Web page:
LONDON – After the human brain organoid, here comes the gastruloid – a 3D organized model of key elements of the human embryo at around 18 to 21 days old.
The model will enable researchers to work around international legal restrictions that prevent human embryos being cultured in the laboratory after 14 days, to study the transformation of the blastula from a simple, spherical ball of cells into a gastrula containing the three germ layers that give rise to all the body’s major systems.
The gastruloids are formed from human embryonic stems cells in which WNT, a signaling pathway that is essential for body axis specification in early embryos, is activated. After activation, 400 cells per plate are seeded into well-plates, where they form compact spherical aggregates.
The aggregates then progressively break symmetry, forming elongated structures with three germ layers arranged spatiotemporally. Transcriptional analyses of those structures tracked expression of 1,023 genes, finding representatives of all three germ layers, and showing gastruloids reflect key elements of the plan of a human body.
Gastruloids model “part of the blueprint of a human” making it possible “to witness the developmental processes that until now have been hidden from view and from study,” said Alfonso Martinez-Arias of the Department of Genetics at Cambridge University, who led the research, published in Nature on June 11, 2020.
Gastrulation has been referred to as “the most important stage of our life,” but up to now, it has not been possible to study it in humans, said Joyce Harper, head of the Reproductive Science and Society group at University College London, commenting on the research. “This work will allow many key studies to be done so we can learn about early human development and when it goes wrong,” she said.
Magdalena Zernicka-Goetz, professor of mammalian development and stem cell biology at Cambridge University (who was not involved in the research), agreed, saying, “This breakthrough gives us direct access to the study of processes that go awry in a huge range of human diseases when the embryo is just 3 weeks old.”
The advance of culturing human gastruloids builds on earlier research by Martinez-Arias in recreating the early stages of mouse embryogenesis. He has shown that early patterns of gene expression in developing mouse gastruloids show very large similarities, over space and time, with those seen in mouse embryos.
For example, HOX genes are expressed at defined points along the head to tail axis of gastruloids in the same order as seen in mouse embryos.
Comparing mouse and human gastruloid gene expression profiles in this latest paper, Martinez-Arias observed a high degree of conservation between the two. But there also were differences, suggesting species-specific regulation might be occurring in the two models.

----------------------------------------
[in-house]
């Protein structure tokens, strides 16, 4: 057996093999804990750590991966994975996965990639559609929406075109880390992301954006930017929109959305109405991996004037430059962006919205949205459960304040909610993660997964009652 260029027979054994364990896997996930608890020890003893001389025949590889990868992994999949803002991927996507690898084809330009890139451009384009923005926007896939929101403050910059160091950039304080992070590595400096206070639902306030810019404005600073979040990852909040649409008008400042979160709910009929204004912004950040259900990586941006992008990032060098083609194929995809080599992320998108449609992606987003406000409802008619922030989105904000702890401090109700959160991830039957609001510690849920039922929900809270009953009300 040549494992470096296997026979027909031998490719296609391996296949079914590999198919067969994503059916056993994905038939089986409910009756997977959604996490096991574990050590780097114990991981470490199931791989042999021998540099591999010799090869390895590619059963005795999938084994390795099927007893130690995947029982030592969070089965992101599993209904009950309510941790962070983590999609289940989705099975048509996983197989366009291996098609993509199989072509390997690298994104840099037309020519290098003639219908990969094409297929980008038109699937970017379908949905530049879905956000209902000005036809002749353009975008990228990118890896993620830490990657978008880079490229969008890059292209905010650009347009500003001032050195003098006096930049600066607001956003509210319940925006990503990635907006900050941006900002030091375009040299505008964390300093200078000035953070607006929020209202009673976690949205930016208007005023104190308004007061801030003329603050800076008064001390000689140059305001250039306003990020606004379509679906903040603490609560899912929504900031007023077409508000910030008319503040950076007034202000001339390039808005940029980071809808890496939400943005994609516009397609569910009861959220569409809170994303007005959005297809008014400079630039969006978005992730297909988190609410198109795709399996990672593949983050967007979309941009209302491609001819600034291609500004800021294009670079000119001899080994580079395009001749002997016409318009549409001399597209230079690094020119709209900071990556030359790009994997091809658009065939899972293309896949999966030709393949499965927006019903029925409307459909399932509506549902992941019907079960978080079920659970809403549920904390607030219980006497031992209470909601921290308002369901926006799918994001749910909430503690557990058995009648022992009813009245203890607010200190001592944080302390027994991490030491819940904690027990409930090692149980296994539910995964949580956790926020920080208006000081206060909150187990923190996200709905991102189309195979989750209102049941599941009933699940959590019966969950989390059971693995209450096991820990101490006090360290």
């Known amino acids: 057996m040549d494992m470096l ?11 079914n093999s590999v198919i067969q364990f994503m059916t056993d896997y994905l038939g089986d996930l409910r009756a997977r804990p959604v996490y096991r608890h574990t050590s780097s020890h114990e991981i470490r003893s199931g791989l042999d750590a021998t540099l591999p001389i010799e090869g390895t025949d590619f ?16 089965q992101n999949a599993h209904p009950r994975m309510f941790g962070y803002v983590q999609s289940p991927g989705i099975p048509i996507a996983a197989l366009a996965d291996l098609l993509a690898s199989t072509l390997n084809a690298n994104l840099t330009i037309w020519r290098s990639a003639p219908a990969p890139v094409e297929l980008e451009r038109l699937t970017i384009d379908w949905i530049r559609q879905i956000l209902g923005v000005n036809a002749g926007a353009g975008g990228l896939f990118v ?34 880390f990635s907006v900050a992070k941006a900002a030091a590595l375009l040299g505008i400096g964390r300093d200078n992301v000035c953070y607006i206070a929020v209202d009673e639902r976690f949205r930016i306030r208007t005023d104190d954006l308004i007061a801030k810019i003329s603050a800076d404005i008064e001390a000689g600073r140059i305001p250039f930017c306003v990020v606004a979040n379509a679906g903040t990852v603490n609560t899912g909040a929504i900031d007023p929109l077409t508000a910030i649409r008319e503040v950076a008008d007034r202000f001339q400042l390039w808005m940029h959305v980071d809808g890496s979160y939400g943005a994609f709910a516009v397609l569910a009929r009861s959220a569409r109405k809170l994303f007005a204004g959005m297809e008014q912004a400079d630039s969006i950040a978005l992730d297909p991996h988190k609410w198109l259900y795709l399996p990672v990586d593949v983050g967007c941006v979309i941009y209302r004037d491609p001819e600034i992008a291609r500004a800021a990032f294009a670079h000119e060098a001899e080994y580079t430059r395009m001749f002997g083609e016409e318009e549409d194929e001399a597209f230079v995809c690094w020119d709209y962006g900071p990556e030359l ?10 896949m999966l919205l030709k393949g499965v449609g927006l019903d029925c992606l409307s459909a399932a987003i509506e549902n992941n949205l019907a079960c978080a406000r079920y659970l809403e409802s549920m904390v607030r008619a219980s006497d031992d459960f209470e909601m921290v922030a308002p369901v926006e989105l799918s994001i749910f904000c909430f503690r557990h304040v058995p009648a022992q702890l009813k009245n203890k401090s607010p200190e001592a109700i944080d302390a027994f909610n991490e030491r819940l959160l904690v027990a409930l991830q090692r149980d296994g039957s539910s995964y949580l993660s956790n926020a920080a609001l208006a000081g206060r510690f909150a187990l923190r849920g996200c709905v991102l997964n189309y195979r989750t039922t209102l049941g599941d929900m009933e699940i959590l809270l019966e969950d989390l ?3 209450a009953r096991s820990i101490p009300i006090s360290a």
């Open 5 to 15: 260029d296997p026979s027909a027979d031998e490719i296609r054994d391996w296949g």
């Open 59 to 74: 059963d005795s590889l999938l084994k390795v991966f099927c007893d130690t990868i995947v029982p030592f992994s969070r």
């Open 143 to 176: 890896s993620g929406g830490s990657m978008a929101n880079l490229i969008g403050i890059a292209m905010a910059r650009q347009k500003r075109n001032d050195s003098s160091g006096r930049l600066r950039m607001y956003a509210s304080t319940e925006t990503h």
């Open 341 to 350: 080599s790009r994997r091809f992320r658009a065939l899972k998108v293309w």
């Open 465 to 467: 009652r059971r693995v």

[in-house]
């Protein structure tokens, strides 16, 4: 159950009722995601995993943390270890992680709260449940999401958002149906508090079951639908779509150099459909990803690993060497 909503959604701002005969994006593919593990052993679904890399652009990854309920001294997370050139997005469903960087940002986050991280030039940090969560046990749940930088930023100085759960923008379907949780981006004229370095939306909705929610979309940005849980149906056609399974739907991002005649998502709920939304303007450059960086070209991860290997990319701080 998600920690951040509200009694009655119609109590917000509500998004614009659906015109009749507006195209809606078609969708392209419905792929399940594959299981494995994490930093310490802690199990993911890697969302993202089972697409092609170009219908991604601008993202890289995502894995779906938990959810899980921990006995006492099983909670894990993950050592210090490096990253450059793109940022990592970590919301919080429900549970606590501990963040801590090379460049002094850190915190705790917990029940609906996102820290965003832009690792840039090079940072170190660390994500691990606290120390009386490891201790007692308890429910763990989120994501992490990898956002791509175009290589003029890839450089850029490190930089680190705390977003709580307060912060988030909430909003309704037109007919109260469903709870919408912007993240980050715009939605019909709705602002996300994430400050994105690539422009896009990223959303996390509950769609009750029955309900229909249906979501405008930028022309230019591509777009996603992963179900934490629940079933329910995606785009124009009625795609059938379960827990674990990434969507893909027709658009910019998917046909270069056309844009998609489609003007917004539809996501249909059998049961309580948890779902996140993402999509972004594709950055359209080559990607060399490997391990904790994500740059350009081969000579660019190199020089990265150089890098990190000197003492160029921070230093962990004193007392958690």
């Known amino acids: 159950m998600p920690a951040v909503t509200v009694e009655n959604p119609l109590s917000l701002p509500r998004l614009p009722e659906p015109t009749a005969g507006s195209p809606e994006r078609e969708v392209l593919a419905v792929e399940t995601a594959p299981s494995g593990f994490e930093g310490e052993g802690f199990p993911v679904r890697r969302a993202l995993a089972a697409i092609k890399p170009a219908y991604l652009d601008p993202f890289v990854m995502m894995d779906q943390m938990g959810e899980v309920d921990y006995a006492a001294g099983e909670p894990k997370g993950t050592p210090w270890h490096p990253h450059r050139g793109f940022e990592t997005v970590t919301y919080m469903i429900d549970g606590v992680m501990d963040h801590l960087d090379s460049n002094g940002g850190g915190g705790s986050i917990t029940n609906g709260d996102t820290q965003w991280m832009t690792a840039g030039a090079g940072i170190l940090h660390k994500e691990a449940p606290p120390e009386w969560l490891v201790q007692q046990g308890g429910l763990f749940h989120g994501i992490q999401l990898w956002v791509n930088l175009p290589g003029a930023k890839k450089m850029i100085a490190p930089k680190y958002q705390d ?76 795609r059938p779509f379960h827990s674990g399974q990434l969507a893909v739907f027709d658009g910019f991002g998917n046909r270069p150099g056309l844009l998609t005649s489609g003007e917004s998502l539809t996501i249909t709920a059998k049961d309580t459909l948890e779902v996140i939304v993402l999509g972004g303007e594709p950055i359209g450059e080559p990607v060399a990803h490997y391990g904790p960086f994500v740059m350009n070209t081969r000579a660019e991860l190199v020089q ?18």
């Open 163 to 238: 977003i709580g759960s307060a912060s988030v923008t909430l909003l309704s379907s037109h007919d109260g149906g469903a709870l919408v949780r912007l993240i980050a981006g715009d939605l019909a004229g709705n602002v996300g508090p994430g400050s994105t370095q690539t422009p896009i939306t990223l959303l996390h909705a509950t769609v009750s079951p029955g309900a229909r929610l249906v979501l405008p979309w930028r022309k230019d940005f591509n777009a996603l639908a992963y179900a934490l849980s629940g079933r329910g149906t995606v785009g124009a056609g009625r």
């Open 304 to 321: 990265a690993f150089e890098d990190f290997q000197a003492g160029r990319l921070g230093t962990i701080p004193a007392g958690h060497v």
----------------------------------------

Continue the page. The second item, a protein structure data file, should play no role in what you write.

Jeremy Green, professor of developmental biology at King’s College London, said that moving the gastruloid research from mouse to human embryology is significant. “It highlights the amazing power of self-organization of cells and tissues, given the right conditions,” he said. “We are beginning to get a pretty good handle on how to set the self-organization process in motion.”
However, in common with other researchers who have cultivated 3D organoids, ranging from kidney to liver to brain models, Martinez-Arias describes a trial and error process of establishing the correct inputs needed to prompt different human embryonic stem cell lines to form gastruloids.
The work is subject to a patent application filed by Cambridge University’s technology transfer office, Cambridge Enterprise.
Green questioned the current utility of the human gastruloids, saying they represent a tool for understanding basic biology but “are quite a long way away” from being useful for things like drug screening, which requires scalability and reproducibility.
No doubt such protocols will emerge. For now, gastruloids can be seen as a step forward in the in vitro modeling of gastrulation and understanding of the program of gene expression driving it. Transcriptome analysis of human gastruloids at 72 hours old displays a clear signature of events that give rise to muscle, bone and cartilage.
Comparing the gastruloids to the Carnegie embryo collection in the National Museum of Health and Medicine in Washington, Martinez-Aria suggests that at 72 hours old, they might serve as models for some of the features of CS8 or early CS9 human development, 18 to 21 days post fertilization.
With the current protocol, the majority of human gastruloids retract after 72 hours and culturing them beyond that point will require further study.
Notably, the gastruloids do not develop any of the neural cell lineages that would go on to form the brain, nor any of the extra-embryonic cells needed for implantation in the uterus.
The researchers say that raises important questions about the self-organization of the human body plan, but also removes ethical considerations associated with prolonged culturing of human embryos.